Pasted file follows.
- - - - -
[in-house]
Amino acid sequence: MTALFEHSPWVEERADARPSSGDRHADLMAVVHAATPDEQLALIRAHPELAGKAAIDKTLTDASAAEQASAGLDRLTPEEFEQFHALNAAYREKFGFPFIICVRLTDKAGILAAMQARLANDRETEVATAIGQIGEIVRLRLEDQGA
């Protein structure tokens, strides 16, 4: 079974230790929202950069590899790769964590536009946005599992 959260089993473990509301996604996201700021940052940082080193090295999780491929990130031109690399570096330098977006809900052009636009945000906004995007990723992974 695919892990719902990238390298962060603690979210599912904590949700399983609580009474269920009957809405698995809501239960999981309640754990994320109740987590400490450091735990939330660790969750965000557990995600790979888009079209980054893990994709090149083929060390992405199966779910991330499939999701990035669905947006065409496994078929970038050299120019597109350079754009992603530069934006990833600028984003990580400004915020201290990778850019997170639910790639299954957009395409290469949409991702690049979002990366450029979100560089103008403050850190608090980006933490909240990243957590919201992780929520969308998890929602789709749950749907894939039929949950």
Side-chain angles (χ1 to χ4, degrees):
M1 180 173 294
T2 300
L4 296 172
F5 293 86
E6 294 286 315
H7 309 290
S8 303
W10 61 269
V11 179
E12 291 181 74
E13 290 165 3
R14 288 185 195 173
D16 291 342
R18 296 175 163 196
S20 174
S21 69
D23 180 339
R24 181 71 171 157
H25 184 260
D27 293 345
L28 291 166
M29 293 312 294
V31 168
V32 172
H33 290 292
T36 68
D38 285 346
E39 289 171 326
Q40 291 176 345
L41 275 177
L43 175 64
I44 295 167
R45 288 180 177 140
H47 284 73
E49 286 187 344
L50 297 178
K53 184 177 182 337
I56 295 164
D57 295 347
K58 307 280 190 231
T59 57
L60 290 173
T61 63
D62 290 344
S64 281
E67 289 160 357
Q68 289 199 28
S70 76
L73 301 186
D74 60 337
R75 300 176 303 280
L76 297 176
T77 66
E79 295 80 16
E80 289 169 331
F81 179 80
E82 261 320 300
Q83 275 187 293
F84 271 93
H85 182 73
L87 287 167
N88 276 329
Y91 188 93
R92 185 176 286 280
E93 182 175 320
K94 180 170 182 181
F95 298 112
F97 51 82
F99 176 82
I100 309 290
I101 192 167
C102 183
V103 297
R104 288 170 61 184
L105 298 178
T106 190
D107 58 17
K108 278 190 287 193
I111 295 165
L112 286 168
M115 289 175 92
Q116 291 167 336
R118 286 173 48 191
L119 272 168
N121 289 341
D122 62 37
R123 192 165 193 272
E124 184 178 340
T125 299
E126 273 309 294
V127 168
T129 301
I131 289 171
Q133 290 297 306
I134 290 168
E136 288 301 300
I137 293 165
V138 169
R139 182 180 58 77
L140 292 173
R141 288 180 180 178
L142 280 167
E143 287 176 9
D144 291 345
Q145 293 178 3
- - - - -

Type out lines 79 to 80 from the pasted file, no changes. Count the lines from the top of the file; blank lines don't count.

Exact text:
L105 298 178
T106 190